This in turn was coincidentally complemented by the arrival of another book, Voices Against War - A Century of Protest by Lyn Smith, also the author of Forgotten Voices of the Holocaust which I knew I had here somewhere.
I want books that will offer me some different angles on war for this year's Remembrance reading. I'm focusing on World War Two but not ruling anything out and the themes in Eunice Fleet caught my attention. I knew precious little about conscientious objectors but Lily Tobias knew a great deal because both her brothers had been just that.
The novel is divided into three, Present, Past and Present and Eunice is living with the exuberant Dorry in a flat in Maida Vale. There's money because they have a housekeeper, Mrs Johns and this is all because Eunice is big in corsetry, if you see what I mean. There is mention of a missing husband Vin, and hints of 'remorse and repentance on Eunice's part but nothing becomes clear until the book heads into Past. Slowly the tragedy unfolds, not only of Eunice's family life and quite who Dorry is but gradually Vincent's First World War pacifist stance unfolds and alongside it Eunice's feelings about it all.
The white feather, the coward's symbol, prevails and the horror, humiliation and cruelty of Vincent's incarceration and subsequent trials make for very uncomfortable reading. His letters from prison had me on he brink of tears.
This is courage of a different sort, but is it any different from a soldier facing the enemy, and who has the right to say? There were plenty of questions to ask myself as I read.
Lily Tobias presents the pacifist stance from several different angles and I crept away from this amazing book both quietly stunned and deeply enlightened, not only with what had been revealed but for the book's courageous subject matter and prescience written as it was in 1932,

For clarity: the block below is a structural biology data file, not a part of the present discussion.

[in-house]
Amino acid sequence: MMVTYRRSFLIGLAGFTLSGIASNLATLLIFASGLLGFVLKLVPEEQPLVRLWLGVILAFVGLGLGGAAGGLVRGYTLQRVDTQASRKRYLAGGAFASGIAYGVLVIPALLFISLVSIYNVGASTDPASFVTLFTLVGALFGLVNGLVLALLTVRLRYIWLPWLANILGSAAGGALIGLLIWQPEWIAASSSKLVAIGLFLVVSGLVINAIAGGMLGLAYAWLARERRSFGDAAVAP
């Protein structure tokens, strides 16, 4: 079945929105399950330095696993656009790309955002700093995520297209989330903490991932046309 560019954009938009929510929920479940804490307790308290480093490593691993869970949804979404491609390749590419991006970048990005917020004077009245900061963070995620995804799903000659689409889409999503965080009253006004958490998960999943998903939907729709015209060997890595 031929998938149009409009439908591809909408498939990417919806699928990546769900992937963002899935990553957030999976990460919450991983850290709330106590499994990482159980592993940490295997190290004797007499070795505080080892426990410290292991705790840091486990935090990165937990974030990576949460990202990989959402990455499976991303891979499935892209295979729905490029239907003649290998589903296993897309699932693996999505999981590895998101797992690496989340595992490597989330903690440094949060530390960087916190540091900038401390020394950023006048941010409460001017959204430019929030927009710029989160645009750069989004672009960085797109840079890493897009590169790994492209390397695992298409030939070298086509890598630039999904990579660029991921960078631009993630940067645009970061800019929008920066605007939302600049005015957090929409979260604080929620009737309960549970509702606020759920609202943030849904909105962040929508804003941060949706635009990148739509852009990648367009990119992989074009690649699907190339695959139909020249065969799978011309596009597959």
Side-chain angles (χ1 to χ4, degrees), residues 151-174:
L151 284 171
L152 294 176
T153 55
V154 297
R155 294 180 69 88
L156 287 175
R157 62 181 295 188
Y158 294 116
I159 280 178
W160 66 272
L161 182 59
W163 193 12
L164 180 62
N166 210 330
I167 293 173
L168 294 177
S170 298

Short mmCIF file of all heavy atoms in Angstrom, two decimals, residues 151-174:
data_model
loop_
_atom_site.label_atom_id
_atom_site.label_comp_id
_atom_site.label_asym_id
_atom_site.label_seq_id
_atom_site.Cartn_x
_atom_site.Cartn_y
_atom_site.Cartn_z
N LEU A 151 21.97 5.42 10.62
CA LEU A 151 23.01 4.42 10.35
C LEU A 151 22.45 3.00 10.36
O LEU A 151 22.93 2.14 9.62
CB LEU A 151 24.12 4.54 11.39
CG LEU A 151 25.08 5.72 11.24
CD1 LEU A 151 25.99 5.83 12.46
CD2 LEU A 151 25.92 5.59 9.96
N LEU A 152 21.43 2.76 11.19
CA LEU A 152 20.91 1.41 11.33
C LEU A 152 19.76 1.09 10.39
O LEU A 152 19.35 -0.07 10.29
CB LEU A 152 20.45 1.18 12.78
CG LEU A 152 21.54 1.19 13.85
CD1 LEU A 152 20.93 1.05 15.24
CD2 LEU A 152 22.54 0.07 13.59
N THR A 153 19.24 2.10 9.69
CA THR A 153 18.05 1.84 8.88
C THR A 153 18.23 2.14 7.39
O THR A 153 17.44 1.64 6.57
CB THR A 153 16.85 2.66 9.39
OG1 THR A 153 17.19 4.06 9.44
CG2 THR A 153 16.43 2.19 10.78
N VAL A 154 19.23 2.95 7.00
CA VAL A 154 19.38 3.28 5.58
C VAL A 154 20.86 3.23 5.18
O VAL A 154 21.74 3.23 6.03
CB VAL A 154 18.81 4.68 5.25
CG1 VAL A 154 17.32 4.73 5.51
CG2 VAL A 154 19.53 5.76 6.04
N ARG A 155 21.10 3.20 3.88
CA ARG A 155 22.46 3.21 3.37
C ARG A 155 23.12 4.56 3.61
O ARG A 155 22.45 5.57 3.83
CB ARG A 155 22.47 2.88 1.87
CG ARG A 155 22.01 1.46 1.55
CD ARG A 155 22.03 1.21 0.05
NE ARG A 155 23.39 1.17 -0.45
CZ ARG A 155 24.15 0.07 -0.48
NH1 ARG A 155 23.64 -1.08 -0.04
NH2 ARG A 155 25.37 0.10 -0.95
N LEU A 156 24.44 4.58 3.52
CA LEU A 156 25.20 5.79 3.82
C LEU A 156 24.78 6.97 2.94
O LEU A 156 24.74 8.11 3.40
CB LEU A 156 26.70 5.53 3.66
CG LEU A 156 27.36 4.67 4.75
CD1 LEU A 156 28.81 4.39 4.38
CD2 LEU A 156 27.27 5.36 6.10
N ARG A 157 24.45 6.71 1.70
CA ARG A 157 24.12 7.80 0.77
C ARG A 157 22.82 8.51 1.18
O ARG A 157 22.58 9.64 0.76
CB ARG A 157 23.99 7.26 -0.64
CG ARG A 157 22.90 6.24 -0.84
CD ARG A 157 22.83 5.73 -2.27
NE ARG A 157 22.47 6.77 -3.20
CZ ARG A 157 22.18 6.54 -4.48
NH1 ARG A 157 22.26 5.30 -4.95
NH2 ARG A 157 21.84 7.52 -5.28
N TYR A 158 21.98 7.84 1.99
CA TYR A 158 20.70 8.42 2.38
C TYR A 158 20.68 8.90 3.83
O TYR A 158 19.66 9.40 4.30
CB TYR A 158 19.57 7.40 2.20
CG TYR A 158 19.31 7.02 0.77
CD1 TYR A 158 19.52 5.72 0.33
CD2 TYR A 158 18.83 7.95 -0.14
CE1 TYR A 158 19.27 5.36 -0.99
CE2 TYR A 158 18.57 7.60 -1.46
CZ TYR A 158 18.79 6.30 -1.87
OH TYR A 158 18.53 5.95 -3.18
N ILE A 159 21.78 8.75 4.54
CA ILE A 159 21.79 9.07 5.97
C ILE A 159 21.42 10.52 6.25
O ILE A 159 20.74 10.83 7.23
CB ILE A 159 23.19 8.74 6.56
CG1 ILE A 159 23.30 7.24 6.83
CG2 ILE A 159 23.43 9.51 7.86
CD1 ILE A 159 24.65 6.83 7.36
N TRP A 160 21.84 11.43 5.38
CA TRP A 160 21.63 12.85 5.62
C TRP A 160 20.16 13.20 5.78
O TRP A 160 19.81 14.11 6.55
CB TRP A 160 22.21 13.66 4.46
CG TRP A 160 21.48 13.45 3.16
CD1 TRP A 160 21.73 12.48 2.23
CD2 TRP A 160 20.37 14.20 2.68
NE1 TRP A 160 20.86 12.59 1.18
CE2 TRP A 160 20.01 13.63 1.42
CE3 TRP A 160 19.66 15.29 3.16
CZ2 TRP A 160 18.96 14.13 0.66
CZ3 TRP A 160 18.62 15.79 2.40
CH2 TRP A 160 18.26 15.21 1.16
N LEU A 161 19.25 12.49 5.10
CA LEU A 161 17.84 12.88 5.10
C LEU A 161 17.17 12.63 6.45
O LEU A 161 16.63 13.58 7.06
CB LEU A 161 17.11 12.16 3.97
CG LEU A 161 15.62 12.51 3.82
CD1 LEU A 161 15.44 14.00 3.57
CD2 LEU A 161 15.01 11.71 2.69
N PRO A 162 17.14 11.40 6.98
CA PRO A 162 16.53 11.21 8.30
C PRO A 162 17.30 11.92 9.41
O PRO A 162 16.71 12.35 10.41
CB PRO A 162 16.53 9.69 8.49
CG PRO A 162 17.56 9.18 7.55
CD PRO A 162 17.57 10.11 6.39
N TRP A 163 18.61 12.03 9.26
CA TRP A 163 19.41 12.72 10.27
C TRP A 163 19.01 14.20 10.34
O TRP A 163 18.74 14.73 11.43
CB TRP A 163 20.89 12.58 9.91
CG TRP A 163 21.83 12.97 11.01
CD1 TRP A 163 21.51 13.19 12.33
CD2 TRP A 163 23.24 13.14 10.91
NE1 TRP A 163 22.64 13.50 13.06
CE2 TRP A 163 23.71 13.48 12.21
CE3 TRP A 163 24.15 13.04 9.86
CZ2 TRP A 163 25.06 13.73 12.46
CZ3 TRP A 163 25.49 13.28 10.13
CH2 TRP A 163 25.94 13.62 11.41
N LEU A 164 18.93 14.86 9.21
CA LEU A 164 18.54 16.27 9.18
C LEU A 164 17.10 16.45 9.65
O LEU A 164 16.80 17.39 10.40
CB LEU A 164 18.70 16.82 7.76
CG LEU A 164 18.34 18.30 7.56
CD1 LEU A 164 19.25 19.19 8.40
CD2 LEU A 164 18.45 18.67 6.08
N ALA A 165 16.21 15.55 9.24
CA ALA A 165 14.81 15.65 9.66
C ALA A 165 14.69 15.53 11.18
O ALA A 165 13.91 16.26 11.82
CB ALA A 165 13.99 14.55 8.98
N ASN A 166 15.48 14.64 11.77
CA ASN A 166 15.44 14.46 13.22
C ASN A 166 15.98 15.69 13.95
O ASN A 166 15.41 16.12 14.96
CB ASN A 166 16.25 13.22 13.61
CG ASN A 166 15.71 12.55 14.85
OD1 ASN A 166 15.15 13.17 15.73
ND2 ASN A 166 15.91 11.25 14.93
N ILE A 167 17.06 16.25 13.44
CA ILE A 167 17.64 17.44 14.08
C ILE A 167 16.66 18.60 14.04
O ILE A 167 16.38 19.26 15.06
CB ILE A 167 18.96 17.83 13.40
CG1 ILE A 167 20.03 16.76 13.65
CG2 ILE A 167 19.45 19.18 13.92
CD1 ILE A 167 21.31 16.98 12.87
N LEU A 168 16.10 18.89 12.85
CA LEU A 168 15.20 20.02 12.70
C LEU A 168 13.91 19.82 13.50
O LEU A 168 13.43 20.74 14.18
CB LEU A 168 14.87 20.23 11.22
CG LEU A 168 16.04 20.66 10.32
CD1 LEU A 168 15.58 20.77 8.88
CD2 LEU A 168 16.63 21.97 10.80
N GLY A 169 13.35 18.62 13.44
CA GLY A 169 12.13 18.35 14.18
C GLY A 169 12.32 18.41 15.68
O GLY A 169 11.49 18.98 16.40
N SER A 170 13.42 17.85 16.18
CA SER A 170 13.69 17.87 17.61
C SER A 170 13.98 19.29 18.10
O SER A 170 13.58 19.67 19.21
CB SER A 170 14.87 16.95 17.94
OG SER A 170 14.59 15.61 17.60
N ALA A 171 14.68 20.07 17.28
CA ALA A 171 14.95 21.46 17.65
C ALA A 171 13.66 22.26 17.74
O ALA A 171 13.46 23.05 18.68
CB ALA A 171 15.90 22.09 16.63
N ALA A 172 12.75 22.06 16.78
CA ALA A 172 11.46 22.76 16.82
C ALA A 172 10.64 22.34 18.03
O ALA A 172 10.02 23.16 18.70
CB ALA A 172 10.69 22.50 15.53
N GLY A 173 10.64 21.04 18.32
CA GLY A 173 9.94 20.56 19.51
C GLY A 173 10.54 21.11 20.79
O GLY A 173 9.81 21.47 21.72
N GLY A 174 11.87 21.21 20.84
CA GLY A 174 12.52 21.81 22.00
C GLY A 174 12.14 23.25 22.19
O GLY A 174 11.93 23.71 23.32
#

'According to the signs, there was bound to be a "next war". which might really prove to be " the last war." The horrors would be greater than ever. And perhaps it wouldn't matter if objectors weren't listened to then, for everyone, militarists, pacifists, soldiers, civilians - everyone - would be swept away in the holocaust.'To say more would be to spoil but suffice to say Eunice struggles with her own beliefs in the face of outright hostility and disdain from the local community and must decide her own position whilst Vincent must also decide how steadfastly he will keep to his, a man beyond broken in body, but not in spirit.
'It was simply that she was weary of rancour, and that there was a great gap in her heart that felt like a bottomless pit, into which everything might fall - good words and ill - without filling a fraction of space.'
As the book moves back into the present and towards its final pages, I wonder if you might have to remind yourself to breath as I did. From one page to the next, quite suddenly it hit me and with a growing sense of disbelief I realised a terrible outcome beckoned and to be honest...well DON'T READ THE LAST LINE before you get there, but when you have please come back and tell me what you think happens, because I'm still very uncertain. This book has echoed in my thoughts ever since and my thanks again to Honno Press for putting me in touch with Jasmine Donahaye because I needed to know much more about Lily Tobias once I'd read Eunice Fleet.So the horrors of war from a very different perspective; in its own way every bit as heartbreaking as accounts of death and destruction from the front, and revealing yet again the underbelly of conflict. For an account of that century of protest and a book the Imperial War Museum are promoting as a means of understanding war in its entirety, the personal testimonies in Lyn Smith's Voices Against War make a perfect, thought-provoking and incredibly moving companion read.
'Mark Hayler, absolutist CO, HOS, Princetown, Dartmoor (First World War)
...I remember once when we went out to work on the moor, this chap said, ' isn't it odd that I'm here in Dartmoor because I won't kill anybody and my father-in-law had been here because he killed someone.'